Thursday, October 30, 2008

On Kentucky Trails

Me (left) with fellow buffaloes Jeff Riddle (middle) and Chris Migotsky at Mammoth Cave National Park last week as part of a 20-person "working vacation" crew detailed to construct a new hiking and horseback-riding trail in the park. The volunteer project was one of many around the country coordinated by the American Hiking Society (see link in right-hand column), of which I am a member.

Me with my tool of choice, a pulaski, which is a combination axe and hoe. The pulaski came in handy when large rocks and roots had to be removed to provide a smooth trail for park visitors and horses.

Big Jeff, aka the Riddler, ready for a day's work on the trail.

Jeff (left) and me (my backside) at work installing steps on the trail. Each workday we had to hike down to the trail, about a 40-minute trek, then start working. On the last day of work members of the crew carried these big hunks of wood the whole way to the trail. Tough on the shoulders.

Park ranger Larry Johnson (foreground) was our guide and work supervisor for the week. Larry worked right alongside us, even helping carry down the railroad-tie-like steps to the trail. On the last day of the trip Larry gave us a tour of Mammoth Cave, where, as he says in his southern drawl, the cave meanders through the hills for "mawls" and "mawls" and "mawls." That's miles, about 360 of them. If you stretched the cave in a straight aline, it would extend from southern Kentucky to Chicago. And there are parts of the cave system that are still being discovered.
Buffalo sweat: my buddies Chris and Jeff at work on the trail.

Besides the satisfaction of knowing that I contributed to making a nice trail for park visitors, the highlight of the trip for me was a cross-country hike in the park that had the entire work crew climbing rock ledges, wading through rocky creeks, and navigating sometimes difficult terrain. That's me and Jeff at the front of the hike.

Lunch break on the trail for our work crew. Members of the all-volunteer crew came from as far away as Texas, California and Florida. The work was hard, the food was good, the weather was just about perfect, and I made some new friends, who by the way, thought Jeff, Chris and I were a bit strange when we decided a few times to hike for an hour or two after work. We took a few of our new friends with us on a night hike, using headlamps to light the trail and at one point turning off the lights and listening to the dark stillness. Indescribable. One really fantastic feature of Mammoth Cave National Park was the quiet, sublime stillness of the place.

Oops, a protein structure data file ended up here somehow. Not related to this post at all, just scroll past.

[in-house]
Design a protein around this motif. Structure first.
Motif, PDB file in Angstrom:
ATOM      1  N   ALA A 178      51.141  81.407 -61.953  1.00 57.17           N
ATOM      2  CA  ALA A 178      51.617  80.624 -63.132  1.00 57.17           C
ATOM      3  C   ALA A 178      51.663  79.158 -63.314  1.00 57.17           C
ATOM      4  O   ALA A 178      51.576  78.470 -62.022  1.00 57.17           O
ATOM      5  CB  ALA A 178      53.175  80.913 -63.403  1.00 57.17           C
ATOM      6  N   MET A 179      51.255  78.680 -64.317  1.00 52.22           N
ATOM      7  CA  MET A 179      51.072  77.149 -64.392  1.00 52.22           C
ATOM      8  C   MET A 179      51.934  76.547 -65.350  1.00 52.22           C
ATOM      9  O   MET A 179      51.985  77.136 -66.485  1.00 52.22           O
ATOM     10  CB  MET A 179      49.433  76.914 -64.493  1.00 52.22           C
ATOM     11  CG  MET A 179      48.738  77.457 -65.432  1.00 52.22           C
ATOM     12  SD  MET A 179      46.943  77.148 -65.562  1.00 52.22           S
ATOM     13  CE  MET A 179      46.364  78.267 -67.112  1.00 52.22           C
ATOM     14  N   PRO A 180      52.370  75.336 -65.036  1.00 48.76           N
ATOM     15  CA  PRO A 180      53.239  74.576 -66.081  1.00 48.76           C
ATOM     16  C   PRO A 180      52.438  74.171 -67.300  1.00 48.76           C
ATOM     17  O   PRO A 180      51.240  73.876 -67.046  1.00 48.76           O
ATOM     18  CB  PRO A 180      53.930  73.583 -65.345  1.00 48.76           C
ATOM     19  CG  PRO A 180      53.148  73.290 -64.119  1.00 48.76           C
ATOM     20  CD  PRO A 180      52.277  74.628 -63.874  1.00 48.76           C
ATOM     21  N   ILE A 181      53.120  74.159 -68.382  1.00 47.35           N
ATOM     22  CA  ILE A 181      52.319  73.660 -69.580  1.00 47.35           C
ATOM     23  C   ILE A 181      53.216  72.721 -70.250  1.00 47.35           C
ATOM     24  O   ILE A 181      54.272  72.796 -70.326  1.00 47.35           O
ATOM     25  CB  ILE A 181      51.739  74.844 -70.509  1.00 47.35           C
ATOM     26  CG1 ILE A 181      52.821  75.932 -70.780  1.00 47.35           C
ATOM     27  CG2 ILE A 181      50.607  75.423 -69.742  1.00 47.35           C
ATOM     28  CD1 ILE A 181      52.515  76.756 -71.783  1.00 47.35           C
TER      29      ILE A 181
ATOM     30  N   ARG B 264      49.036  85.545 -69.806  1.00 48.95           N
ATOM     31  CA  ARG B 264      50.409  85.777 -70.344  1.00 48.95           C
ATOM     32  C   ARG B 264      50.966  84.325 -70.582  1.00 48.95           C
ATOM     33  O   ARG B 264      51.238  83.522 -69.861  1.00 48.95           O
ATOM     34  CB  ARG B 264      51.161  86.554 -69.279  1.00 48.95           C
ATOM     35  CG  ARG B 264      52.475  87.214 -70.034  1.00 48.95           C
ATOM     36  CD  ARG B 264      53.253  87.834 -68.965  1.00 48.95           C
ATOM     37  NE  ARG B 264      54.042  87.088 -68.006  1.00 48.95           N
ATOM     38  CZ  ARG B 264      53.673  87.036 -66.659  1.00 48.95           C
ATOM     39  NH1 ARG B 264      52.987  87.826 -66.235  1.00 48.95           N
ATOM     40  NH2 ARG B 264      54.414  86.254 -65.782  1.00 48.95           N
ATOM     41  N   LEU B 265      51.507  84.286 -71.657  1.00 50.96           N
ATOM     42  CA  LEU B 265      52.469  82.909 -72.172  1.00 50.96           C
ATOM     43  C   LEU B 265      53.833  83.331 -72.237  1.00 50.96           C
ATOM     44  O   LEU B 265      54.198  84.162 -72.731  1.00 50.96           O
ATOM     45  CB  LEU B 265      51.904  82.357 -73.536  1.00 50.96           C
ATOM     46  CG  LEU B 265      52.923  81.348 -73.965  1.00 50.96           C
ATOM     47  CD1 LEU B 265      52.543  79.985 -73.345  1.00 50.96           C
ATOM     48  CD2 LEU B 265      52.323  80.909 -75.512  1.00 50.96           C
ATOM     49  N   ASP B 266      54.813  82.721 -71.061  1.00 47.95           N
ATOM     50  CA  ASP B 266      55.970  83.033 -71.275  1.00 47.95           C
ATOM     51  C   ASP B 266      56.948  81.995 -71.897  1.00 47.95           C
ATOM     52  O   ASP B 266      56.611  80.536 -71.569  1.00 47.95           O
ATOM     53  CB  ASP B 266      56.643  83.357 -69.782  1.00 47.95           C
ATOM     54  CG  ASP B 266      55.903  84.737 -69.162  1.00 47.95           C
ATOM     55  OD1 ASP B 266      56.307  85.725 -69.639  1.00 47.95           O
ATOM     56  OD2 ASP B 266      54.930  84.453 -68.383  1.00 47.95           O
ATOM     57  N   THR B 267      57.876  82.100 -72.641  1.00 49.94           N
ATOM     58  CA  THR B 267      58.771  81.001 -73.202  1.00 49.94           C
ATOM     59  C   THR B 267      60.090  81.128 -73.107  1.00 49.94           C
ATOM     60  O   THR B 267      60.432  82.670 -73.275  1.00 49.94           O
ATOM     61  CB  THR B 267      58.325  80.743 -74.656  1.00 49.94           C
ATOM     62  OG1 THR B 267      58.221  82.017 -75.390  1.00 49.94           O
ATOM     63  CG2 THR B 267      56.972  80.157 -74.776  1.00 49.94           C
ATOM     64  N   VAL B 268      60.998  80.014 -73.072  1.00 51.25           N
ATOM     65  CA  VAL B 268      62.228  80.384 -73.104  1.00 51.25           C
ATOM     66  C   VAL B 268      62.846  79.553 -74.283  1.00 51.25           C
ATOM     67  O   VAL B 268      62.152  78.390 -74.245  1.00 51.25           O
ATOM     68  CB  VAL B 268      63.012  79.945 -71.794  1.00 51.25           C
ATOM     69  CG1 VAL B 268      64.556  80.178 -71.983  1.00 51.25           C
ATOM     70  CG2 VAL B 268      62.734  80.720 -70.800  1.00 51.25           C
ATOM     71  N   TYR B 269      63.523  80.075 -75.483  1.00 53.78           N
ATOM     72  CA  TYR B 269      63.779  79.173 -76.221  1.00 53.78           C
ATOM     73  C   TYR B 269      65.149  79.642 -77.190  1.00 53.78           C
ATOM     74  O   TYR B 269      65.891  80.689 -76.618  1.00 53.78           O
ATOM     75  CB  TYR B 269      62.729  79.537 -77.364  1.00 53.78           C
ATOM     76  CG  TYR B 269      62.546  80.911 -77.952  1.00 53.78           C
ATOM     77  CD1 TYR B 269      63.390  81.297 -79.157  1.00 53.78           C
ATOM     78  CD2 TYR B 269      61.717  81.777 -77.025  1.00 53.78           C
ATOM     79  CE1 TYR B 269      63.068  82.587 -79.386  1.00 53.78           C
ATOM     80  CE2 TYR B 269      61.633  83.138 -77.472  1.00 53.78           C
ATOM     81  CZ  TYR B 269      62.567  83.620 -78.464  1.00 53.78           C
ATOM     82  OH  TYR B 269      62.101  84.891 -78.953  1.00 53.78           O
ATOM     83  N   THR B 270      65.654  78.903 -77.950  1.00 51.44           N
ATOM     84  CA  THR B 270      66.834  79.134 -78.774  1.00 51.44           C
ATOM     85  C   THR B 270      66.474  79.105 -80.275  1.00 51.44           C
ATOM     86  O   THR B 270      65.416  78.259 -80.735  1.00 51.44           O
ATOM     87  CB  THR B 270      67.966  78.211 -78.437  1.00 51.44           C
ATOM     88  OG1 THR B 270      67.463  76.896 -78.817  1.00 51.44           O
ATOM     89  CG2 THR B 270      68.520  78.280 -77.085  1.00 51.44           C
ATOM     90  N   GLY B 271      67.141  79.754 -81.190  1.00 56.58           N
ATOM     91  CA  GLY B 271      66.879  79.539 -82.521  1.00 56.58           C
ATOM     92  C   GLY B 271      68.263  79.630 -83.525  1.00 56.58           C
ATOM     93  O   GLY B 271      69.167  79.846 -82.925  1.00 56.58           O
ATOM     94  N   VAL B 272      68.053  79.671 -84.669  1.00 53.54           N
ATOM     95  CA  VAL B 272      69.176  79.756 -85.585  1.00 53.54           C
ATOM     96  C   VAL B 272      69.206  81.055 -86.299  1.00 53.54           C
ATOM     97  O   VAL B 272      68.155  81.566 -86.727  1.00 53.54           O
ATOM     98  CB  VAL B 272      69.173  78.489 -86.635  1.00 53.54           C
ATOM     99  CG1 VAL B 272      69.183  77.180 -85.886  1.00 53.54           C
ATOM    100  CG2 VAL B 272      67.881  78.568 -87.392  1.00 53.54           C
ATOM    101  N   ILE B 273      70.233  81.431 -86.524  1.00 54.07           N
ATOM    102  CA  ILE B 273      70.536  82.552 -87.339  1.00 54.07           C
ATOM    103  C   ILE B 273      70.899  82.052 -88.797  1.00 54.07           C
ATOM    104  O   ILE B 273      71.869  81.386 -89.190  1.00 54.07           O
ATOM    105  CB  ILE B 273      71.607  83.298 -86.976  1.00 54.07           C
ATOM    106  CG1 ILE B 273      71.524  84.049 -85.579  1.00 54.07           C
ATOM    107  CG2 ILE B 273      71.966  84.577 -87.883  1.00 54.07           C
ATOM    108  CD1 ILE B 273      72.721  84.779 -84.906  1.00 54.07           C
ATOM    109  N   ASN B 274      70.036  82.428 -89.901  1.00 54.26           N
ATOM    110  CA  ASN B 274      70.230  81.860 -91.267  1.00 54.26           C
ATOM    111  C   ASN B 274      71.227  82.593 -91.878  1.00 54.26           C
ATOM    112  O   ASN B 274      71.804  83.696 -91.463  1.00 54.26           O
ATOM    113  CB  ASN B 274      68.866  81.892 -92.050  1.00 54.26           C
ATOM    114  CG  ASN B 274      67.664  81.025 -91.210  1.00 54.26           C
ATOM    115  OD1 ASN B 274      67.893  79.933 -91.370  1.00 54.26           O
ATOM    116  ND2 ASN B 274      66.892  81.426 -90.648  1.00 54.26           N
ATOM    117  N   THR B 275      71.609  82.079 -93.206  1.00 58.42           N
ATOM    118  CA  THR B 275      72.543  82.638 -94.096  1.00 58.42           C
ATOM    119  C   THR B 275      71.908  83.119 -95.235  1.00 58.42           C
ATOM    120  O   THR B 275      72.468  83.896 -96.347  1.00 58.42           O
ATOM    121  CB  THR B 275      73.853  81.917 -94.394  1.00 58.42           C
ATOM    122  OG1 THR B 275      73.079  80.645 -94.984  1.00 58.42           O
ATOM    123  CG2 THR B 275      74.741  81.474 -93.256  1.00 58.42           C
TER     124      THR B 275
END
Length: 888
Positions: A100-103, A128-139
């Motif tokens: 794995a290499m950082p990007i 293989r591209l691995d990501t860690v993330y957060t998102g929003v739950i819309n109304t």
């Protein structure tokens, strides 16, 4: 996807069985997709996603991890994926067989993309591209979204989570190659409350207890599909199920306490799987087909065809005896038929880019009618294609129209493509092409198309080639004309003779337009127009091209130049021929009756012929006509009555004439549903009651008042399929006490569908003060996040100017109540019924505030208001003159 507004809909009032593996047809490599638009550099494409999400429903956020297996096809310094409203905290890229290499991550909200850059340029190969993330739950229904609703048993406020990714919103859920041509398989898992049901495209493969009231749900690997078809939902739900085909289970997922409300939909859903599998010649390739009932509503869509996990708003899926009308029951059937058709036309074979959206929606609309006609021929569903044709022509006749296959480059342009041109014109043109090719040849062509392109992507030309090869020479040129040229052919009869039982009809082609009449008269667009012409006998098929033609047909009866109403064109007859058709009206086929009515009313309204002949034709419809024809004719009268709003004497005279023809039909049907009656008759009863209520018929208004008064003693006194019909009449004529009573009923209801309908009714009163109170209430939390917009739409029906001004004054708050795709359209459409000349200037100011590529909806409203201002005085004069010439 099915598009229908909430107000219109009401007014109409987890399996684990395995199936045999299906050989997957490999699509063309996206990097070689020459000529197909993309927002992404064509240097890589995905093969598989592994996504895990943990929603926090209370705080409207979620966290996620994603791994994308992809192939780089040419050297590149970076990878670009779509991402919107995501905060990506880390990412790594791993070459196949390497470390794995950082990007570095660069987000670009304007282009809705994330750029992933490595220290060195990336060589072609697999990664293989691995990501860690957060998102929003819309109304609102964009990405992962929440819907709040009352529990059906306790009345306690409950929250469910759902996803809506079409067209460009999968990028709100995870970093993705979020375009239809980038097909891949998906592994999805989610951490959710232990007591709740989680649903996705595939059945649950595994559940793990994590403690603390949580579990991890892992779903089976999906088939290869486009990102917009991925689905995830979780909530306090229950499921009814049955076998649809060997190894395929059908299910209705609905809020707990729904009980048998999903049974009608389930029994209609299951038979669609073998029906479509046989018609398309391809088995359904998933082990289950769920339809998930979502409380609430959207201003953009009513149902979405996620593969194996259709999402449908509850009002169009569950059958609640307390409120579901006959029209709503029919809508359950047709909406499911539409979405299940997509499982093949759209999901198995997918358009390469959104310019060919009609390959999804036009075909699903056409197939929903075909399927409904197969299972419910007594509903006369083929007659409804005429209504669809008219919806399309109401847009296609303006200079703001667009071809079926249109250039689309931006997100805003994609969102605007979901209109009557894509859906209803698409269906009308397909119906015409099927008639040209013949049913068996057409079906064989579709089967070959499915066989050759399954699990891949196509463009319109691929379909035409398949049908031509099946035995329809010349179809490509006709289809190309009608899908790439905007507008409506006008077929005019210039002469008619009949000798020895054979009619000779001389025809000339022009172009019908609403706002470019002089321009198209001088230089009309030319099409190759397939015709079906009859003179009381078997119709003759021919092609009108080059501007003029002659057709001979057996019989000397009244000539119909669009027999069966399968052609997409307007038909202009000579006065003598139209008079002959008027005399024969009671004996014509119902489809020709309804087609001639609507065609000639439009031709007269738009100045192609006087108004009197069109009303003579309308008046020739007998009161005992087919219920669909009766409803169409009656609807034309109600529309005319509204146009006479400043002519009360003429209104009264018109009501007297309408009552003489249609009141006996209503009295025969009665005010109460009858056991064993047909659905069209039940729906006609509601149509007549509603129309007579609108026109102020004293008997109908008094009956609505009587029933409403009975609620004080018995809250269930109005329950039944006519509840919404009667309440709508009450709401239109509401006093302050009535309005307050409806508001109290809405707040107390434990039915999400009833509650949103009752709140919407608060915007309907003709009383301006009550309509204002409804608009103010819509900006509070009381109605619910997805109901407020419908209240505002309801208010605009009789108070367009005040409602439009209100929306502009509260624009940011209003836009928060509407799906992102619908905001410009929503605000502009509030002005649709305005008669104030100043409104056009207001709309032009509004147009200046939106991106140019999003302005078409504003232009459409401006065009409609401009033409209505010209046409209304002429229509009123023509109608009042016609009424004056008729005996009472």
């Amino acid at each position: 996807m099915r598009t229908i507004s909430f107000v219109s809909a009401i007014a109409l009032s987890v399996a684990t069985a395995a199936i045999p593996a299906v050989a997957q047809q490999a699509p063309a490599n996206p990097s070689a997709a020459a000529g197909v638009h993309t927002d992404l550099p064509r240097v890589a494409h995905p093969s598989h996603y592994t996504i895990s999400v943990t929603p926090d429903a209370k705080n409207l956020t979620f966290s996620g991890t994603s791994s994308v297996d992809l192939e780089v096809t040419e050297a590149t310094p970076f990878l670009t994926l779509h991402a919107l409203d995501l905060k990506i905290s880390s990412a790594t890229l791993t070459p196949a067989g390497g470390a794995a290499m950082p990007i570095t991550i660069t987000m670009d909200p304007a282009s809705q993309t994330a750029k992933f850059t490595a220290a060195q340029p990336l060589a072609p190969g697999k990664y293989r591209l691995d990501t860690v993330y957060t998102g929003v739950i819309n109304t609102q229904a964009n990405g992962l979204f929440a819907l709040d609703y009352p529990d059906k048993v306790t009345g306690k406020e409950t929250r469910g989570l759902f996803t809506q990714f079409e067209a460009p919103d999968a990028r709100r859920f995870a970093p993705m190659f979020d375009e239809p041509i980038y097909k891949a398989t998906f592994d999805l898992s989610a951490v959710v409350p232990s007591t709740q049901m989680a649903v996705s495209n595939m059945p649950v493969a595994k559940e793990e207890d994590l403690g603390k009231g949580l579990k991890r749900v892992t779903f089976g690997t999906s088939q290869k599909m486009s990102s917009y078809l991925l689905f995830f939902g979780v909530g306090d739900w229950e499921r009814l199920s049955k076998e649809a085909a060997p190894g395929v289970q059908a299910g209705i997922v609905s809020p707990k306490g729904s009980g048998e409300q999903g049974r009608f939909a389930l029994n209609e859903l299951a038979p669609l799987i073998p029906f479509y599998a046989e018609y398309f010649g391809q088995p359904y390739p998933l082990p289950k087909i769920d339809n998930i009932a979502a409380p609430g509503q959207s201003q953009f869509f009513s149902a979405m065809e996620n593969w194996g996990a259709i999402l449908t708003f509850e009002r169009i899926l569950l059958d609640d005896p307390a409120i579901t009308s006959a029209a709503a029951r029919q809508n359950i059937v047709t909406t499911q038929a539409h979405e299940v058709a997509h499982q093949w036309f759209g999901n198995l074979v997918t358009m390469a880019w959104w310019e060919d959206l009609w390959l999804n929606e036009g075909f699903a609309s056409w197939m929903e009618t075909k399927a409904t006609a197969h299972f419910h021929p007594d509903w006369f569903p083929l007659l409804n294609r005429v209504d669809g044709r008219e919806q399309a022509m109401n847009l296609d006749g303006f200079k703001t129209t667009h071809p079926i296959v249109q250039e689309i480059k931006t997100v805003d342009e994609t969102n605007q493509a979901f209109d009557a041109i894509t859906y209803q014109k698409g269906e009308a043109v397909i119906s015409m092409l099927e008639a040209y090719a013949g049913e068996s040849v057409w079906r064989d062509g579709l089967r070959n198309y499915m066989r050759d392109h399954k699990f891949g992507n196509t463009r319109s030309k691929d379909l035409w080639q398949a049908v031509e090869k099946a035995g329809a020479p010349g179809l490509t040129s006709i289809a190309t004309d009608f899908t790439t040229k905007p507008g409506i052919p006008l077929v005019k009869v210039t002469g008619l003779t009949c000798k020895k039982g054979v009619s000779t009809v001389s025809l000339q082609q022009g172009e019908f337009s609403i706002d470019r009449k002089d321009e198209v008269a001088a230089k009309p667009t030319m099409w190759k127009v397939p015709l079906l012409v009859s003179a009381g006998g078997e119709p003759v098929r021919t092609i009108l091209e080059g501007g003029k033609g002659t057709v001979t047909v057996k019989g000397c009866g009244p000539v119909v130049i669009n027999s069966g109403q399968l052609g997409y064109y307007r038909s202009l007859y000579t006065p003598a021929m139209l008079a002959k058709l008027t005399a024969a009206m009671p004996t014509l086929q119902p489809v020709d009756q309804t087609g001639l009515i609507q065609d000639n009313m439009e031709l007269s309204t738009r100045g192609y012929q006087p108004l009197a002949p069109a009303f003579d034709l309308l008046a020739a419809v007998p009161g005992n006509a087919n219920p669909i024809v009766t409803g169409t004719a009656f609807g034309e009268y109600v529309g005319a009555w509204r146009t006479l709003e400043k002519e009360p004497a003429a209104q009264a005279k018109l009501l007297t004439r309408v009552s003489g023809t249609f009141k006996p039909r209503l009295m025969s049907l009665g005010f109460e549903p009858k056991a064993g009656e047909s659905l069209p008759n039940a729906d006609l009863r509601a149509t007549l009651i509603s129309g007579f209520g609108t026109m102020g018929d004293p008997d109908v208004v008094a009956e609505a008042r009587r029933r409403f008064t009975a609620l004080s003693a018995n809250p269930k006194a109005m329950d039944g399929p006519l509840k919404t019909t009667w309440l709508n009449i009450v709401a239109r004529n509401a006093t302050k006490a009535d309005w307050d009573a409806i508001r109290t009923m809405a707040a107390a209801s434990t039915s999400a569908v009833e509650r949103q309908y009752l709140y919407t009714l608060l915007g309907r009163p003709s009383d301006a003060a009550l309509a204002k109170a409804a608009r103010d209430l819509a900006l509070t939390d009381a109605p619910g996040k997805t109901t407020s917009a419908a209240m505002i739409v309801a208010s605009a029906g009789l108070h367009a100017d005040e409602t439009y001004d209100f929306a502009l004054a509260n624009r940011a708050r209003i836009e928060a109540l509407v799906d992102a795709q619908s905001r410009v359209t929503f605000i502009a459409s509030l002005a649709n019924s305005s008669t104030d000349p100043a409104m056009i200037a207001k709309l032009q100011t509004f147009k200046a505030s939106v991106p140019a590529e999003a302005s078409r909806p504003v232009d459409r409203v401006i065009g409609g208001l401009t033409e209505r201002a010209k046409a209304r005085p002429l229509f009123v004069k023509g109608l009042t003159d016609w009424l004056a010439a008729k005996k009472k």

Wednesday, October 29, 2008

Tuesday, October 28, 2008

I'm back . . .

. . . from a week of trail tromping at Mammoth Cave National Park in Kentucky. I'll get back to y'all very soon.

Thursday, October 16, 2008

Tuesday, October 14, 2008

Buffalo in Alaska: Has Hockey Mom Bagged a Bison?

I've wondered if Sarah Palin has hunted buffaloes in Alaska. Found some interesting info. More on this later.

Been busy designing a couple of race t-shirts and getting ready for a trip to Kentucky to help maintain trails at Mammoth Cave National Park.

I haven't been posting photos because my cheap digital camera called it quits. Invested in a much better camera, so more photos will be posted.

Friday, October 03, 2008

"The Living Muscle of Our History"

From the Buffalo Field Campaign website:
"[The buffalo are] the dark force of the plains - the living muscle of our history. Perhaps no other animal represents so well that richness which we once had, and which we so savagely squandered and mutilated."
- Rick Bass, nature writer and environmental activist

From a Montana blogger:
"One day while hiking across the Lamar Valley in Yellowstone, I realized that my route was intersecting the wanderings of a buffalo herd. I quickly found a large rock on a steeply sloped knoll the the buffalo would walk around and hunkered down to wait for the herd to pass. I was surrounded by a couple of hundred buffalo that were grunting & snorting as they were moving down the Lamar Valley. I could hear and feel their feet hitting the ground and see puffs of dust every time a hoof struck the earth. They were only 20 or 30 feet away and, because I sat very still, they appeared unaware of my presence and ignored me. That was a primevally awesome experience. And sitting quietly on the ground while 200-300 1000+ pound animals meander past is a very humbling sensation. Adding to my experience was their smell; grass, earth, sun, rain, wind, snow; all combine to give them a uniquely natural odor that is oddly pleasant."